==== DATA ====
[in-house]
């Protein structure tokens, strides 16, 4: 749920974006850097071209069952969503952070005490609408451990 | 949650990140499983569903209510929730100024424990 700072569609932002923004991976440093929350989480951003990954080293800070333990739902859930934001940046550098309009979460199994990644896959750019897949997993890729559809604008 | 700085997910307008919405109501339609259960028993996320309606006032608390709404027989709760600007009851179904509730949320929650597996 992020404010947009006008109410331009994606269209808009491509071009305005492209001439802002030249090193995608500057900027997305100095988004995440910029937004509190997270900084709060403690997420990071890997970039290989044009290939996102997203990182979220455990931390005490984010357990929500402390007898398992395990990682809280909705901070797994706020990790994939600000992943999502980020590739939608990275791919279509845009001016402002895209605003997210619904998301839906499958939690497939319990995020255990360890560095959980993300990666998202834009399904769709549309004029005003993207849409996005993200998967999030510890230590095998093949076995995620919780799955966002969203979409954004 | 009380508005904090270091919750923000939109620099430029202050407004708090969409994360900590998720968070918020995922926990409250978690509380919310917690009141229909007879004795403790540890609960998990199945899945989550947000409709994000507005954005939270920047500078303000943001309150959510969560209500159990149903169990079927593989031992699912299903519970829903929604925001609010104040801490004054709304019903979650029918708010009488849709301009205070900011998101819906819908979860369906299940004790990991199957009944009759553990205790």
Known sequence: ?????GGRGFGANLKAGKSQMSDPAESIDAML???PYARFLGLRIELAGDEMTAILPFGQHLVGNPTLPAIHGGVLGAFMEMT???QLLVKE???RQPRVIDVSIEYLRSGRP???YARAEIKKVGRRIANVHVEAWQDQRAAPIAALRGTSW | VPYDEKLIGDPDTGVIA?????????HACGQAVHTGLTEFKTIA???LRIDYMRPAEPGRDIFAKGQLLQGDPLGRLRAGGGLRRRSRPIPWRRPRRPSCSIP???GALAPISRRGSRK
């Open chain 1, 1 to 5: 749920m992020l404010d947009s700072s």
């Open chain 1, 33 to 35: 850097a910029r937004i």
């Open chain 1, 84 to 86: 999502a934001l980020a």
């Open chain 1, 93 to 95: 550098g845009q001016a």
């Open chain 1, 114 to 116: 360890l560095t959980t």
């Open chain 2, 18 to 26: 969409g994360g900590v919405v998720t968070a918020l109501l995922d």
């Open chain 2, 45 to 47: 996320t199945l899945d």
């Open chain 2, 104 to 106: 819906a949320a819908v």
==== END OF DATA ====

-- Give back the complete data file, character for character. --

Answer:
[in-house]
């Protein structure tokens, strides 16, 4: 749920974006850097071209069952969503952070005490609408451990 | 949650990140499983569903209510929730100024424990 700072569609932002923004991976440093929350989480951003990954080293800070333990739902859930934001940046550098309009979460199994990644896959750019897949997993890729559809604008 | 700085997910307008919405109501339609259960028993996320309606006032608390709404027989709760600007009851179904509730949320929650597996 992020404010947009006008109410331009994606269209808009491509071009305005492209001439802002030249090193995608500057900027997305100095988004995440910029937004509190997270900084709060403690997420990071890997970039290989044009290939996102997203990182979220455990931390005490984010357990929500402390007898398992395990990682809280909705901070797994706020990790994939600000992943999502980020590739939608990275791919279509845009001016402002895209605003997210619904998301839906499958939690497939319990995020255990360890560095959980993300990666998202834009399904769709549309004029005003993207849409996005993200998967999030510890230590095998093949076995995620919780799955966002969203979409954004 | 009380508005904090270091919750923000939109620099430029202050407004708090969409994360900590998720968070918020995922926990409250978690509380919310917690009141229909007879004795403790540890609960998990199945899945989550947000409709994000507005954005939270920047500078303000943001309150959510969560209500159990149903169990079927593989031992699912299903519970829903929604925001609010104040801490004054709304019903979650029918708010009488849709301009205070900011998101819906819908979860369906299940004790990991199957009944009759553990205790």
Known sequence: ?????GGRGFGANLKAGKSQMSDPAESIDAML???PYARFLGLRIELAGDEMTAILPFGQHLVGNPTLPAIHGGVLGAFMEMT???QLLVKE???RQPRVIDVSIEYLRSGRP???YARAEIKKVGRRIANVHVEAWQDQRAAPIAALRGTSW | VPYDEKLIGDPDTGVIA?????????HACGQAVHTGLTEFKTIA???LRIDYMRPAEPGRDIFAKGQLLQGDPLGRLRAGGGLRRRSRPIPWRRPRRPSCSIP???GALAPISRRGSRK
């Open chain 1, 1 to 5: 749920m992020l404010d947009s700072s």
């Open chain 1, 33 to 35: 850097a910029r937004i």
């Open chain 1, 84 to 86: 999502a934001l980020a």
């Open chain 1, 93 to 95: 550098g845009q001016a």
């Open chain 1, 114 to 116: 360890l560095t959980t």
């Open chain 2, 18 to 26: 969409g994360g900590v919405v998720t968070a918020l109501l995922d």
């Open chain 2, 45 to 47: 996320t199945l899945d």
């Open chain 2, 104 to 106: 819906a949320a819908v």